ARCHITIZER IS PLEASED TO ANNOUNCE THE NEW A+AWARDS CATEGORY OF MASTER PLAN. SUBMIT implemented master plans THAT OFFER comprehensive long-range planning efforts HERE.
At a time when worldwide populations are shifting to become primarily urban, city planning is more vital now than ever before. In order to accommodate the increasing number of urban-dwellers, the art of Master Planning has emerged as a preferred tool for the industry, in both local municipalities and private firms. The following trends exemplify the bold ideas of planners and designers in their attempt to maximize quality of life, smart design, social equity, and accommodate for future growth with long-range, comprehensive plans.
Scale Lane Bridge, United Kingdom
As car usage and ownership continues to decline, and urban populations opt for alternative transportation modes, many cities are waking up to the notion of a walkable city being a desirable city. More feet on the street is leading to renewed focus on pedestrian amenities in master plans such as sidewalks, street furniture, crosswalks, pedestrian-exclusive bridges, and the overall “human scale” of cities at the ground level.
Erasmus University, Rotterdam
Whether suburban or urban, many university campuses serve as a city within themselves. As campuses grow and transform into the future, some are leading the charge with smart growth plans for academic buildings, student amenities, transportation, and dormitories to accommodate future generations of enrollment and academics.
Times Square, New York
All the rage during the recession, pop-up parks are exhibiting staying power, culminating in a verifiable placemaking typology. Whether it is a parklet replacing parking, a street-turned public plaza, or an open air greenmarket, many of these once-temporary installations are becoming permanent urban fixtures.
As urban populations rise, so do the prices of rental housing units. In an attempt to combat inequality and provide housing to all, affordable housing endeavors are getting creative to better serve the needs of low-income residents. Check out the latest trends in affordable housing here.
The strive for cities to brand themselves is evident even in such granular elements as street graphics. Well-designed wayfinding now plays a major role in master plans, serving as step-by-step guides to cultural, art, civic, and other urban institutions and points of interest.
A streetscape is defined as the appearance or view of the street. In short, the aesthetics, down to the intimate details and designs. Street trees, bike racks, lampposts, signage, bus stops, sidewalk configurations, curb bump-outs — all the elements that a ground-level user will experience. Streetscapes take aspects of walkability, placemaking, and wayfinding, and wrap them up into one product to maximize a neighborhood’s visual attractiveness, often in the form of Streetscape Design Guidelines.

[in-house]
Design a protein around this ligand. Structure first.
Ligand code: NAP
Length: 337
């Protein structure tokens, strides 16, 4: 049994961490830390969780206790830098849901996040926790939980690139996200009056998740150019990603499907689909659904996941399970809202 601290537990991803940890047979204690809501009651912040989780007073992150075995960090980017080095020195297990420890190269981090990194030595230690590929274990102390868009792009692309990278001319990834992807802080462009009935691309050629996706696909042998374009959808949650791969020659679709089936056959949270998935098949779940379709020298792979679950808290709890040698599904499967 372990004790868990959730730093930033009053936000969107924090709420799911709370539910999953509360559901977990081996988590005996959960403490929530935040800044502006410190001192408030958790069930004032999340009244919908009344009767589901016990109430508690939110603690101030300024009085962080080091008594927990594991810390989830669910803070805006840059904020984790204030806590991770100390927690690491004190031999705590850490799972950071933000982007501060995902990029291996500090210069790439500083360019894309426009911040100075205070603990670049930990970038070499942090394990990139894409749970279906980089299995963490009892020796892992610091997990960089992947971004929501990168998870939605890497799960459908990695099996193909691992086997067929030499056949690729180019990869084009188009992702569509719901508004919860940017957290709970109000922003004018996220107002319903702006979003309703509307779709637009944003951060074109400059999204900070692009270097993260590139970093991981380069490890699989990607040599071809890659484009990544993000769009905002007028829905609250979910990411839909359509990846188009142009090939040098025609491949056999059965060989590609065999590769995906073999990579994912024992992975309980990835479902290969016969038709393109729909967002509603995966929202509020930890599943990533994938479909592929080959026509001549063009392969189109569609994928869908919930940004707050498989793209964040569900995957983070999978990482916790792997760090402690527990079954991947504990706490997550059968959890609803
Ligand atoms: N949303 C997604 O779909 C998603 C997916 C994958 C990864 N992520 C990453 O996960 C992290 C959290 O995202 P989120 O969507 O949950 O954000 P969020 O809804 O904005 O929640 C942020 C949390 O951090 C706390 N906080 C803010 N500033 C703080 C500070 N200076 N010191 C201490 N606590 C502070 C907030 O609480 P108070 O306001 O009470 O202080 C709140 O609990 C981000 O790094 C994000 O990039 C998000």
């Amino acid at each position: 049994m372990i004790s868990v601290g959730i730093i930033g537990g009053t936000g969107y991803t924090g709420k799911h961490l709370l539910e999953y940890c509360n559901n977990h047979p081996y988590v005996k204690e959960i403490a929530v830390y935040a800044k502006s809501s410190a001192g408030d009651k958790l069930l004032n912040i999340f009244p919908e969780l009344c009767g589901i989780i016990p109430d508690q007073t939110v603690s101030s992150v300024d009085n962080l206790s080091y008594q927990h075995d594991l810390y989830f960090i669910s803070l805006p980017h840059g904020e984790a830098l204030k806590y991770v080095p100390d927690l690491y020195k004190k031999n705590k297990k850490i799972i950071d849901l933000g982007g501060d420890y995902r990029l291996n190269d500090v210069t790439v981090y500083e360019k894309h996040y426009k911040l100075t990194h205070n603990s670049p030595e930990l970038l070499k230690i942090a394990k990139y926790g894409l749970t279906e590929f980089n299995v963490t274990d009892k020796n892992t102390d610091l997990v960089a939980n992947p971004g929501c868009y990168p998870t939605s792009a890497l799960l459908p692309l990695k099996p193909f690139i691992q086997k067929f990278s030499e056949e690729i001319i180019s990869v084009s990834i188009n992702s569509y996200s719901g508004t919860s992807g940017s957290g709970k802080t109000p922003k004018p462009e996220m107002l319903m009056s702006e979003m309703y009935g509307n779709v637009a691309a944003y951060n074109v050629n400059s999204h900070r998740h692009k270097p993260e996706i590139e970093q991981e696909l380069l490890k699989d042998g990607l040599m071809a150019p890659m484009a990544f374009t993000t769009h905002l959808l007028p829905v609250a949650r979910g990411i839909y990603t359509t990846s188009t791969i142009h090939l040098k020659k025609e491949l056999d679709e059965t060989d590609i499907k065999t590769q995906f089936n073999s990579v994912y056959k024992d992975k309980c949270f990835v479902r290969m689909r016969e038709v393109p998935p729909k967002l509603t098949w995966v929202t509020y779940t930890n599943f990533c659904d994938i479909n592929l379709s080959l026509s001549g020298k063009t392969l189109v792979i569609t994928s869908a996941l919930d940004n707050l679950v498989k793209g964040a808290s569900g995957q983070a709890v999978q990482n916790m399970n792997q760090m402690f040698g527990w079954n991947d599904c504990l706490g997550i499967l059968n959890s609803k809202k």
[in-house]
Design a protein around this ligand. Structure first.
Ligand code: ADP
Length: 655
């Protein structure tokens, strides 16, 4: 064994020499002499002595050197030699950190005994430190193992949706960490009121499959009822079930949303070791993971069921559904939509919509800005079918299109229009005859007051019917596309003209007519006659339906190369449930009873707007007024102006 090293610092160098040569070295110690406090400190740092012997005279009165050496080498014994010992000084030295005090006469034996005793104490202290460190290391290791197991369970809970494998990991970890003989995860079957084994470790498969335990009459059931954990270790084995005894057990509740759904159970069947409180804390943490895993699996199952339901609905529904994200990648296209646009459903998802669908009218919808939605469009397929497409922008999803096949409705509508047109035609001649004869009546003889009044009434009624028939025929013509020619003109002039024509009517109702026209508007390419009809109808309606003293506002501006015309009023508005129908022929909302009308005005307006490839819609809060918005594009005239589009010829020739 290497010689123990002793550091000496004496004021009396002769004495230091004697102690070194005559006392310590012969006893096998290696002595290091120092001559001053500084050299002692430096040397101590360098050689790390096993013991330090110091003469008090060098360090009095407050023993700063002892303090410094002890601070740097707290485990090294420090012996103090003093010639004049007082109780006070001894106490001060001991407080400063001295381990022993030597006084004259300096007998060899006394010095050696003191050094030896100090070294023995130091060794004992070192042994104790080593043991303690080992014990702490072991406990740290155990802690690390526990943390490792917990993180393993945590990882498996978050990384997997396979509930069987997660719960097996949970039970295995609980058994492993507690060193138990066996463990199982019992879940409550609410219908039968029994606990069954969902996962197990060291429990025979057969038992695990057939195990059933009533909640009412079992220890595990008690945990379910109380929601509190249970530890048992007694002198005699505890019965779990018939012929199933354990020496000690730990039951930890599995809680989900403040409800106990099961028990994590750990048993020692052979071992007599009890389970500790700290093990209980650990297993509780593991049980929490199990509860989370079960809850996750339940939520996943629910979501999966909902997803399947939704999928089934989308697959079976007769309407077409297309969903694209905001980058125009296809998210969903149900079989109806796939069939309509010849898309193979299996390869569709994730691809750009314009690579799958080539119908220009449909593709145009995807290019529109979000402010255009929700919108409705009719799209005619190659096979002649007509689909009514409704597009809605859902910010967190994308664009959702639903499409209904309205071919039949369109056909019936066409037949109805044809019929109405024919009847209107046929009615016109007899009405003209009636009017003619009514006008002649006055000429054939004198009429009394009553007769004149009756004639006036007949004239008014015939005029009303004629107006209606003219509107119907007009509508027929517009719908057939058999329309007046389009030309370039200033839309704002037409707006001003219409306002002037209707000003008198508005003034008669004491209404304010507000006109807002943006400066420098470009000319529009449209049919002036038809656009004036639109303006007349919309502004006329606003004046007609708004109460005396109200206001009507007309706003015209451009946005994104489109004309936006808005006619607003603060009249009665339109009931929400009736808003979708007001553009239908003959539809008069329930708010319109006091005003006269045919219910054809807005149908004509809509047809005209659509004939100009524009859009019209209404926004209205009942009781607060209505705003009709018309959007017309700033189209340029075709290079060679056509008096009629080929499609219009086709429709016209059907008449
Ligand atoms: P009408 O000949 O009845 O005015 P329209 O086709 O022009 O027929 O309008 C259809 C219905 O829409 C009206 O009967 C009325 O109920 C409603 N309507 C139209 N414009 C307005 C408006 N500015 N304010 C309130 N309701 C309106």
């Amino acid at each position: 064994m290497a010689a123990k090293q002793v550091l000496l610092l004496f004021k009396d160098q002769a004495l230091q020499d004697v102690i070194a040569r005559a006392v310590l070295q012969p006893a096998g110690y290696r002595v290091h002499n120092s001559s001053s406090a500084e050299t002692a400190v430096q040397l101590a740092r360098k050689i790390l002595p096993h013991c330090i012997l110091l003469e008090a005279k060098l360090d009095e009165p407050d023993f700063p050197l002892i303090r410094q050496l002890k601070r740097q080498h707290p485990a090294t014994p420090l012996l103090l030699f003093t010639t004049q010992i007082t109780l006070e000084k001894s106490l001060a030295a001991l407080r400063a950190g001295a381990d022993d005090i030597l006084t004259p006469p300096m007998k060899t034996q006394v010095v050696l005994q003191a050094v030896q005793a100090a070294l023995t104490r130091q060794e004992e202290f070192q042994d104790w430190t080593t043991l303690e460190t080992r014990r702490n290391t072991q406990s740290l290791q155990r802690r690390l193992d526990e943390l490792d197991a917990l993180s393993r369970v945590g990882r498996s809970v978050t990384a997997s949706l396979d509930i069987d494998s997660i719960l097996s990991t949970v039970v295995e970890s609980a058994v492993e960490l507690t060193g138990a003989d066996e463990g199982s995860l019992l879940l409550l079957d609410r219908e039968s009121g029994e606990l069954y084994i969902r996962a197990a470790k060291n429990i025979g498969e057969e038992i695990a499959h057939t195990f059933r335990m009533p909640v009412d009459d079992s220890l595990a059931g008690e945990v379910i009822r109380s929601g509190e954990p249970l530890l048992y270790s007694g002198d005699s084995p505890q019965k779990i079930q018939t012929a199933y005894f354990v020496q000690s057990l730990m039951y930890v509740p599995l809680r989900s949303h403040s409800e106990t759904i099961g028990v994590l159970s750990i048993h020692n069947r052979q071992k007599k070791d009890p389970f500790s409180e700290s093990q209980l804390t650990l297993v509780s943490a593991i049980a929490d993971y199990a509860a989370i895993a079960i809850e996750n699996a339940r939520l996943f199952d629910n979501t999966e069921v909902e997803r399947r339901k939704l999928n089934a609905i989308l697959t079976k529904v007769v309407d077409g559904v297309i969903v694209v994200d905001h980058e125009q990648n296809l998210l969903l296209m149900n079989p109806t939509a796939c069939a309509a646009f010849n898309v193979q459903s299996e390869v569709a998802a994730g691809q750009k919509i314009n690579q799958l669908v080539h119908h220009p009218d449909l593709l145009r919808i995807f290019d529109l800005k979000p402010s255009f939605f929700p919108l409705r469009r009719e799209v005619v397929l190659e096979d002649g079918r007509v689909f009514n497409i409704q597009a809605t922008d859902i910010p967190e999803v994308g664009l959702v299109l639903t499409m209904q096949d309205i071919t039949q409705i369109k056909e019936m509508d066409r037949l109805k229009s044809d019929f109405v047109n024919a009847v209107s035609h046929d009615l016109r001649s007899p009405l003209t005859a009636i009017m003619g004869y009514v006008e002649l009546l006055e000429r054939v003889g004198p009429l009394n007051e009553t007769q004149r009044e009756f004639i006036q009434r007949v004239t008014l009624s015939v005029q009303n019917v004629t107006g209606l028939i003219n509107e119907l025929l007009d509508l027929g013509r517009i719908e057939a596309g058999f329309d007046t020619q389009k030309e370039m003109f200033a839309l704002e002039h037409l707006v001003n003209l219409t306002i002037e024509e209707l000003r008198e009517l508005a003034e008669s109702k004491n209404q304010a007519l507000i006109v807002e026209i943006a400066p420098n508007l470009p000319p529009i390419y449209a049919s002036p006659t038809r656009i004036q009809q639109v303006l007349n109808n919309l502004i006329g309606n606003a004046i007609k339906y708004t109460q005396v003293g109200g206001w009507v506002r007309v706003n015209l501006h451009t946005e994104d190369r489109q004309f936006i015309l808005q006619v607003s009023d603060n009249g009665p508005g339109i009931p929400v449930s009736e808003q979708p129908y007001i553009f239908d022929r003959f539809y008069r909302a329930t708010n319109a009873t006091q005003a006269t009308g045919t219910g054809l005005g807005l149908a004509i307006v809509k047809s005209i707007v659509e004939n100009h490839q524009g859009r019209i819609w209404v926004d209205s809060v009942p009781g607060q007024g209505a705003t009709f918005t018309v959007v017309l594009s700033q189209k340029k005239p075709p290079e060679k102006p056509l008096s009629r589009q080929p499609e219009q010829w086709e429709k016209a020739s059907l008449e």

Bioswale via EPA.gov
Sustainability is arguably one of the most prevalent present-day day trends in urban planning, and in the wake of climate change and record-breaking weather events, its role in planning has proven more than a trend. Flood mitigation, water management, permeable pavements, bioswales, and rooftop gardens are among the many innovative developments in sustainability efforts.
Infill Parkveien 5, Norway
As the dominant car culture in many cities deteriorates, countless vacant lots remain surface parking spaces. Intended to accommodate for rush hour influxes of automobiles, these are often situated right in the downtown core. Rather than development occurring on the outskirts of town, many municipalities are focusing inwards, to add density and vibrancy to the existing downtown through the reuse of obsolete or underutilized buildings and lots, to stitch together once-severed urban fabrics.
Armstrong Place, San Francisco
Transit-oriented development (TOD) is often a mixed-use area designed to maximize access to public transportation. Once again, the generational shift away from automobile usage is adding to this effort’s success. Cities are rapidly developing land in close proximity to rapid transit stations to capitalize on millennial attractiveness and renewed interests in public transportation.
Technology / Innovation
Silicon Valley is about to be a thing of the past. According to the Brookings Institution, “a new complementary urban model is now emerging, giving rise to what we and others are calling ‘innovation districts.’ These districts, by our definition, are geographic areas where leading-edge anchor institutions and companies cluster and connect with start-ups, business incubators, and accelerators. They are physically compact, transit-accessible, and technically wired, offering mixed-use housing, office, and retail.”
Boston’s Innovation District is by far at the forefront of this movement, and is aiming to transform the South Boston waterfront, a predominantly vacant area, into a bustling hub that fosters innovation, collaboration, and entrepreneurship.